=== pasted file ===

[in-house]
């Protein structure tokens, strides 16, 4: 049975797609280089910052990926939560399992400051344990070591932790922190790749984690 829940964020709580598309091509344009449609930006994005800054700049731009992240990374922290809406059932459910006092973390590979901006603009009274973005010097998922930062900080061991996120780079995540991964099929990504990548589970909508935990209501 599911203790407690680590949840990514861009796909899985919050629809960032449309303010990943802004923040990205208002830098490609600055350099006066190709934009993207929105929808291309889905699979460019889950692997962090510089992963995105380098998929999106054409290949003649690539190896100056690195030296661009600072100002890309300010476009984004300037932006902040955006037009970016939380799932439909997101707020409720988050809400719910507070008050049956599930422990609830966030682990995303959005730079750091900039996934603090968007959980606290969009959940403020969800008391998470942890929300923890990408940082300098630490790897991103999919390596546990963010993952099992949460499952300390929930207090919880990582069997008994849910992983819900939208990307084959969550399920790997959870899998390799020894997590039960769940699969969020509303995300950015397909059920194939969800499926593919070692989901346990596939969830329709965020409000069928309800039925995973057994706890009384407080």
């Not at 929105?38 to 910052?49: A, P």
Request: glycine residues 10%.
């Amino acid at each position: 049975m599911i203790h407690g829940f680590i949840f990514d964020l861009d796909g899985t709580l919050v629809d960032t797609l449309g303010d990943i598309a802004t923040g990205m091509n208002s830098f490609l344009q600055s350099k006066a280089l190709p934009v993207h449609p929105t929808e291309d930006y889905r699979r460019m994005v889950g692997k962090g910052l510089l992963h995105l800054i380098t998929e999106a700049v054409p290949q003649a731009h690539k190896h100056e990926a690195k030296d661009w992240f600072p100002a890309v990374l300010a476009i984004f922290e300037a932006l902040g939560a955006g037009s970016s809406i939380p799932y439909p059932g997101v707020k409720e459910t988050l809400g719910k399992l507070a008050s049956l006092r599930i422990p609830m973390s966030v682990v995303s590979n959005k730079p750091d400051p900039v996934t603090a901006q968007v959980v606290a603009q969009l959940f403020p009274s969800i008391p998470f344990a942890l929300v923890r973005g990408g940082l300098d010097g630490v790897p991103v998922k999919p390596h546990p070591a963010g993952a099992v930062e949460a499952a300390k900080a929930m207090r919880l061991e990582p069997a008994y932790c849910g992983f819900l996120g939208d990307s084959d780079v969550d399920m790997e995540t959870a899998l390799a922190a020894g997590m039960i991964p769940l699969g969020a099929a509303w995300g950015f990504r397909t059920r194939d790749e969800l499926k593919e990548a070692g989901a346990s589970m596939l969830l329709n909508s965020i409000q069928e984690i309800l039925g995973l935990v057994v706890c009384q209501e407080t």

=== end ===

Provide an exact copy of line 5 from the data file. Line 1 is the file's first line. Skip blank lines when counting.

């Amino acid at each position: 049975m599911i203790h407690g829940f680590i949840f990514d964020l861009d796909g899985t709580l919050v629809d960032t797609l449309g303010d990943i598309a802004t923040g990205m091509n208002s830098f490609l344009q600055s350099k006066a280089l190709p934009v993207h449609p929105t929808e291309d930006y889905r699979r460019m994005v889950g692997k962090g910052l510089l992963h995105l800054i380098t998929e999106a700049v054409p290949q003649a731009h690539k190896h100056e990926a690195k030296d661009w992240f600072p100002a890309v990374l300010a476009i984004f922290e300037a932006l902040g939560a955006g037009s970016s809406i939380p799932y439909p059932g997101v707020k409720e459910t988050l809400g719910k399992l507070a008050s049956l006092r599930i422990p609830m973390s966030v682990v995303s590979n959005k730079p750091d400051p900039v996934t603090a901006q968007v959980v606290a603009q969009l959940f403020p009274s969800i008391p998470f344990a942890l929300v923890r973005g990408g940082l300098d010097g630490v790897p991103v998922k999919p390596h546990p070591a963010g993952a099992v930062e949460a499952a300390k900080a929930m207090r919880l061991e990582p069997a008994y932790c849910g992983f819900l996120g939208d990307s084959d780079v969550d399920m790997e995540t959870a899998l390799a922190a020894g997590m039960i991964p769940l699969g969020a099929a509303w995300g950015f990504r397909t059920r194939d790749e969800l499926k593919e990548a070692g989901a346990s589970m596939l969830l329709n909508s965020i409000q069928e984690i309800l039925g995973l935990v057994v706890c009384q209501e407080t």